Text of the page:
Genus Streptococcus


All Streptococcus spp. (streptococci) possess the following characteristics
  • GPC (Gram-positive cocci) that are spherical or ovoid in shape, 2 m in diameter, and usually arranged in chains  and pairs
  • Facultative anaerobes
  • Nonmotile
  •  Do not form spores
  • Catalase negative (i.e., they do not produce the enzyme catalase)
Beta-hemolytic Streptococci (Lancefield Groups)
Beta-hemolytic Streptococci
  • Group A Streptococi (Strept. Pyogenes)
  • Group B Streptococi (Strept. agalactiae)
  • Group C Streptococci Group
  • G Streptococci


S. pyogenes


S. pyogenes is a very important human pathogen. It is the major cause of strep throat. Scarlet fever is  also caused
by S. pyogenes strains that produce erythrogenic toxin. Some strains  of this microorganism are the infamous flesh-eating bacteria. They produce necrotizing enzymes that cause rapid and extensive destruction of tissue—a condition which is known as necrotizing fasciitis.

The toxic shock disease caused by S. pyogenes is technically called toxic shock–like syndrome (TSLS) and is caused by a toxin that is somewhat similar to the TSST-1 produced by S. aureus. However, the TSLS toxin is different. It is
called streptoccocal pyrogenic toxin (Spe).

S. pyogenes has not developed resistance to penicillin, so penicillin remains the drug of choice to treat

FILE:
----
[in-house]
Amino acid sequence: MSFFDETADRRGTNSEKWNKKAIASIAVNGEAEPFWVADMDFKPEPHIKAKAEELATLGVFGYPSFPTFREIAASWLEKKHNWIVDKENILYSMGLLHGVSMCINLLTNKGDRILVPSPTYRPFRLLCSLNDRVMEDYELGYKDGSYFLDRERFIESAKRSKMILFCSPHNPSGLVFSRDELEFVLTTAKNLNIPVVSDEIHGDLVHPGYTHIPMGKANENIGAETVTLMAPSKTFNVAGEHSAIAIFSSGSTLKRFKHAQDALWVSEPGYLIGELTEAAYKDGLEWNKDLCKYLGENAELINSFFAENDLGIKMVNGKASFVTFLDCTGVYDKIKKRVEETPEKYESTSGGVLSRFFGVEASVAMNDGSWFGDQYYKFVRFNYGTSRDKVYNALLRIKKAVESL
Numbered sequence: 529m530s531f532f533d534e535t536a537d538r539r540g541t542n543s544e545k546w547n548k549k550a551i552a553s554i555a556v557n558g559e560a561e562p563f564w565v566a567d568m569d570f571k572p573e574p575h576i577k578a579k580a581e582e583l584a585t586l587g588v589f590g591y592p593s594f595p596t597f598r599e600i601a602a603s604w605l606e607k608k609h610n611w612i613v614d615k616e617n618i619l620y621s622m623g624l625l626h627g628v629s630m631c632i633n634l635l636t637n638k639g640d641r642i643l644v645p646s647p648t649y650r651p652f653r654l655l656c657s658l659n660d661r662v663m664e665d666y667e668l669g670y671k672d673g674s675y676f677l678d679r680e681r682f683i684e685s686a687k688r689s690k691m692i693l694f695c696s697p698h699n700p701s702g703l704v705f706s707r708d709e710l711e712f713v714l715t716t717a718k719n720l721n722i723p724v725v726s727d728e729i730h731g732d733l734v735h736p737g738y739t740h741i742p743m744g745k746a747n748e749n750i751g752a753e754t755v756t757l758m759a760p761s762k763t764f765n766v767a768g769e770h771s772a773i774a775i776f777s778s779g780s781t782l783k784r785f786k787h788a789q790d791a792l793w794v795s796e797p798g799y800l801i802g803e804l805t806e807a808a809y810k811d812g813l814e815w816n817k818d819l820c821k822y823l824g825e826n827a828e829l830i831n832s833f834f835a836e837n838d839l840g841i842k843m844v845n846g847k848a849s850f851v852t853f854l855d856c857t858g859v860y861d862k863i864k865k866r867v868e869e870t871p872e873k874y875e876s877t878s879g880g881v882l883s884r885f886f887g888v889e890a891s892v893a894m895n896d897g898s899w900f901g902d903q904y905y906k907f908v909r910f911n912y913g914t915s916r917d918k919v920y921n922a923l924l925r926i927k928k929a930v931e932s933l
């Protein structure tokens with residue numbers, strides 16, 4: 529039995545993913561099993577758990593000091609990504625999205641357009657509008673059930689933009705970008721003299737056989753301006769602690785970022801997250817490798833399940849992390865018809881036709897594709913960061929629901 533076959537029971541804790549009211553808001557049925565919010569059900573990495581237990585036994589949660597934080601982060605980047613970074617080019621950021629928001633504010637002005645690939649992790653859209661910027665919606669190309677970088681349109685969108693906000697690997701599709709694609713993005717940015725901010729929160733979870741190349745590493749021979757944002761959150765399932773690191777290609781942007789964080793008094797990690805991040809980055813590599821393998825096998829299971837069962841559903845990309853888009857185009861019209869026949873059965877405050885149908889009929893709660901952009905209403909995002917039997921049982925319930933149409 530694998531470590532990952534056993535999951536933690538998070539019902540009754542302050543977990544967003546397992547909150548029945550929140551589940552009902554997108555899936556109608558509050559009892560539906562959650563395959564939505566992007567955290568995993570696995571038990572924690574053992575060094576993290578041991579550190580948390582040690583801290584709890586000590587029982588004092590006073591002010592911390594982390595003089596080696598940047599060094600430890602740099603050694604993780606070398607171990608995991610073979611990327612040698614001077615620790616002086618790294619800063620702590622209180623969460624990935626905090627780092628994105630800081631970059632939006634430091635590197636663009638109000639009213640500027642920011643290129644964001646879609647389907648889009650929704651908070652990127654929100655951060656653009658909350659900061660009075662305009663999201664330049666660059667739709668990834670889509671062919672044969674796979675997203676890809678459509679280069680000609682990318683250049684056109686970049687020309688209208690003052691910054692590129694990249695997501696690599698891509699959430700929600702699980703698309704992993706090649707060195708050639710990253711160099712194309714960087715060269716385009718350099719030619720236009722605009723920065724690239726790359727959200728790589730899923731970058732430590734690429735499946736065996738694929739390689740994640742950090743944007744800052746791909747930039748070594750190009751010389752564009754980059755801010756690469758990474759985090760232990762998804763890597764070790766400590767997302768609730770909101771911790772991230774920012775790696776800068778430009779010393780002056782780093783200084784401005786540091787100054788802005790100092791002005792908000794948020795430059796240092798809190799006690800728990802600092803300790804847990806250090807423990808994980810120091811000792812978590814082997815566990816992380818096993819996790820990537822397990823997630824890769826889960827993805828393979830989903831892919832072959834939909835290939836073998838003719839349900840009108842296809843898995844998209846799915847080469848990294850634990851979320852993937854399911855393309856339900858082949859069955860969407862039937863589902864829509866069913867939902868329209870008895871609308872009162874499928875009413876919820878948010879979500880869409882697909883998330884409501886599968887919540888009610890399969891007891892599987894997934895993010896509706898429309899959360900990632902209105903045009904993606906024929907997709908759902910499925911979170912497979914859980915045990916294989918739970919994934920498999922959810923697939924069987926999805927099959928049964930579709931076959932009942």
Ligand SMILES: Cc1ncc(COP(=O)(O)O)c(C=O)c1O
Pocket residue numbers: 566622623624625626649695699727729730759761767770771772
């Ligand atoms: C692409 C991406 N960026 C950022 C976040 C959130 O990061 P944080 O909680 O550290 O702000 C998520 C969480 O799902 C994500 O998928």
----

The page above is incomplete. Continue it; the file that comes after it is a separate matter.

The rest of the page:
strep throat and most other S. pyogenes infections. Some strains of this microorganism developed resistance to erythromycin and many strains are resistant to tetracycline.

Alpha-hemolytic Streptococci
Alpha-hemolytic Streptococci
  • Streptococcus Pneumoniae (Pneumococcus)
  • Streptococcus Viridans(Bacterial Endocarditis)
Non-hemolytic Streptococci
Non-hemolytic Streptococci
Strept. faecalis (Group D)
Other Species
Certain members of Groups B, C, D, H, and O
Specific treatment
Medications that are specific for Streptococcus:

The following medications are specific for Streptococci:

  • Penicillin
  • Ampicillin
  • Amoxicillin
Other ( nonspecific) medications
Nonspecific treatment options

IV: Oxacillin/nafcillin, or cefazolin (first-generation cephalosporin)
Oral: Dicloxacillin or cephalexin (first-generation cephalosporin)
Severe infection: Vancomycin, linezolid, daptomycin, ceftaroline, tigecycline, or telavancin.
Minor infection: Trimethoprim/sulfamethoxazole (TMP/SMX), clindamycin, doxycycline